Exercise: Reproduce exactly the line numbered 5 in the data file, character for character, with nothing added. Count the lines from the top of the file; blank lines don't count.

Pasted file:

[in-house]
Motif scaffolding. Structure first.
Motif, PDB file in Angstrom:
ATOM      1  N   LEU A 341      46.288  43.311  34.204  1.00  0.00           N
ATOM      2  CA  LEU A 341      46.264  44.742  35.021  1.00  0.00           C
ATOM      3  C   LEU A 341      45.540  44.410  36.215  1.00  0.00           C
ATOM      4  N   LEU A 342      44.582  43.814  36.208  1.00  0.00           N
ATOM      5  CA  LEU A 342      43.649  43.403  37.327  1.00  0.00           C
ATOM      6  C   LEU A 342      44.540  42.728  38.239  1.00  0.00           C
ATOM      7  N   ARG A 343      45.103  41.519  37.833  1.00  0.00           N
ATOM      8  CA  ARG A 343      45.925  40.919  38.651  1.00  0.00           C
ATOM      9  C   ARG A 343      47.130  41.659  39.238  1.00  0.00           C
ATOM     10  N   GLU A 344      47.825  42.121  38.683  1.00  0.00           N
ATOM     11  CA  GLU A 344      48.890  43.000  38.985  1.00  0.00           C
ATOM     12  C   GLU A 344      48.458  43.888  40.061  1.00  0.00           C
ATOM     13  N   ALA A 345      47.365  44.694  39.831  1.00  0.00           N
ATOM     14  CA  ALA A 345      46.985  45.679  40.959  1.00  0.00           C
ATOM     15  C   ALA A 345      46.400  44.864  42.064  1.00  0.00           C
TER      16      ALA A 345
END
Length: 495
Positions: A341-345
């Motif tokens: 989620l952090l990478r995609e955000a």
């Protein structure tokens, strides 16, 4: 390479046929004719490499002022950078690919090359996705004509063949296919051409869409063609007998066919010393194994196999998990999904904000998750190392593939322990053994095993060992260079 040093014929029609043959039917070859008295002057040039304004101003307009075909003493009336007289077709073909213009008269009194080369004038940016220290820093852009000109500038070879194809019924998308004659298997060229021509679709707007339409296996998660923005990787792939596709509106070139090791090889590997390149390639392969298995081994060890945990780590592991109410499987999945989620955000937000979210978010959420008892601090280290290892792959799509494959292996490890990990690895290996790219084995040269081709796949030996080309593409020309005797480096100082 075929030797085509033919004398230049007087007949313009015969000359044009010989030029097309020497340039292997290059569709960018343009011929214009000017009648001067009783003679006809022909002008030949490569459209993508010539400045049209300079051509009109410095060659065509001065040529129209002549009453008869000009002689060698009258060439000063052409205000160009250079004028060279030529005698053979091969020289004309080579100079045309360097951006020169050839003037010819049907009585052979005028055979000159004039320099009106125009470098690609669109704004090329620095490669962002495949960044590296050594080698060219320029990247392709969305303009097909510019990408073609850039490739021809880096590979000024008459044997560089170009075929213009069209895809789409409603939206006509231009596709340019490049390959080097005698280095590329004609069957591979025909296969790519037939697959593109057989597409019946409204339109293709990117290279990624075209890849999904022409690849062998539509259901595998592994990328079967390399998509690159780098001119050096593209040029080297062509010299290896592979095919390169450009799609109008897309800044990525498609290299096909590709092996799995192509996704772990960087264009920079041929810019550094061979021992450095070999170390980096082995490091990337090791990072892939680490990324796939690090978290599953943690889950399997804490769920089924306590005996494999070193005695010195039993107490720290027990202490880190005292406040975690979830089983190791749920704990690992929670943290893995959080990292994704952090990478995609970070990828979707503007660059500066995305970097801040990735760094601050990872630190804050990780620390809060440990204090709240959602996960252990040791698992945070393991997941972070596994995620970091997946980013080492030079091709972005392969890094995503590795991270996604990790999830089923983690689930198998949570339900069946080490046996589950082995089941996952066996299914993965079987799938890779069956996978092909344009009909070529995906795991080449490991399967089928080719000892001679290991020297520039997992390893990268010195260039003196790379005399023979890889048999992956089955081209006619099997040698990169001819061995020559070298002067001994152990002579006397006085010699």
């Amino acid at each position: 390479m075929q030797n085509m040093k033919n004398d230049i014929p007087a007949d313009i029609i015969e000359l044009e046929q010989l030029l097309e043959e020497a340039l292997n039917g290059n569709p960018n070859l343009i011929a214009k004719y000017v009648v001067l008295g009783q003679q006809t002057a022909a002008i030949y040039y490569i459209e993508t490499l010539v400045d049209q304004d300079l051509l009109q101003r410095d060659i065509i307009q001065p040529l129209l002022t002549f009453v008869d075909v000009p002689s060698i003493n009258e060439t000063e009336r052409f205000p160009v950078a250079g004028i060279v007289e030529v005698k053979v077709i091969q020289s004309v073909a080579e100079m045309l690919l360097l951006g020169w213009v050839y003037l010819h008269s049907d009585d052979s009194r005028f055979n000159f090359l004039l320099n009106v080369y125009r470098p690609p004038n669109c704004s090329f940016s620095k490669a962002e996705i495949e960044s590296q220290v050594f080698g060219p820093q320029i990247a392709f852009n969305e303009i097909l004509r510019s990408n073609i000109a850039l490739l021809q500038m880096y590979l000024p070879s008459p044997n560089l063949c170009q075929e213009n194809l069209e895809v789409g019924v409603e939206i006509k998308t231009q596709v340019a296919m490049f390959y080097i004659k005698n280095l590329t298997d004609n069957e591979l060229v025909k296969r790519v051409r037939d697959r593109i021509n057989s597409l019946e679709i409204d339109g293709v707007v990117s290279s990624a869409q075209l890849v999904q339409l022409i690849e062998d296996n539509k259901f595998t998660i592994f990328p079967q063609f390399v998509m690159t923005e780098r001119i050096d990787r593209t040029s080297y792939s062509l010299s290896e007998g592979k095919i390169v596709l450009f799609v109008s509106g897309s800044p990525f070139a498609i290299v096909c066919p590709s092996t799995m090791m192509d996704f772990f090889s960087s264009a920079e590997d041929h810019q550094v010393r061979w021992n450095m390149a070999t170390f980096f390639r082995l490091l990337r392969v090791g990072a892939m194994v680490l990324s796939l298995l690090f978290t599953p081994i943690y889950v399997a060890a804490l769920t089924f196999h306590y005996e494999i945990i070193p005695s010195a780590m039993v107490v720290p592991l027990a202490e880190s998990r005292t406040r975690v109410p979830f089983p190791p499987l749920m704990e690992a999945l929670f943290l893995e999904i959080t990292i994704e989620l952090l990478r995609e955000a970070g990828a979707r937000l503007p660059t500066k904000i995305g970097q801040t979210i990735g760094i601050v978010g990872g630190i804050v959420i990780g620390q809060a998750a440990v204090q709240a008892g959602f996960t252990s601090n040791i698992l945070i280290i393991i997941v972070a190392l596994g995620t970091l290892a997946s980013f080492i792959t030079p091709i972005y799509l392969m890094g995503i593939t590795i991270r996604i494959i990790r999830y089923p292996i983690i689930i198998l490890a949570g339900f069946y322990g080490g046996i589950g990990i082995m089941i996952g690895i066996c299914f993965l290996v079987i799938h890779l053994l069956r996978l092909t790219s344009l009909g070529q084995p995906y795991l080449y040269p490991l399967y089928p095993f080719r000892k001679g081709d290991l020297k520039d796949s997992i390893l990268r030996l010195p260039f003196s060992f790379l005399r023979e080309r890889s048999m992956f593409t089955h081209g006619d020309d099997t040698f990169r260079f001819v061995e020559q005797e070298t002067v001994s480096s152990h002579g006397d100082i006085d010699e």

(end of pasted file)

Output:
ATOM      2  CA  LEU A 341      46.264  44.742  35.021  1.00  0.00           C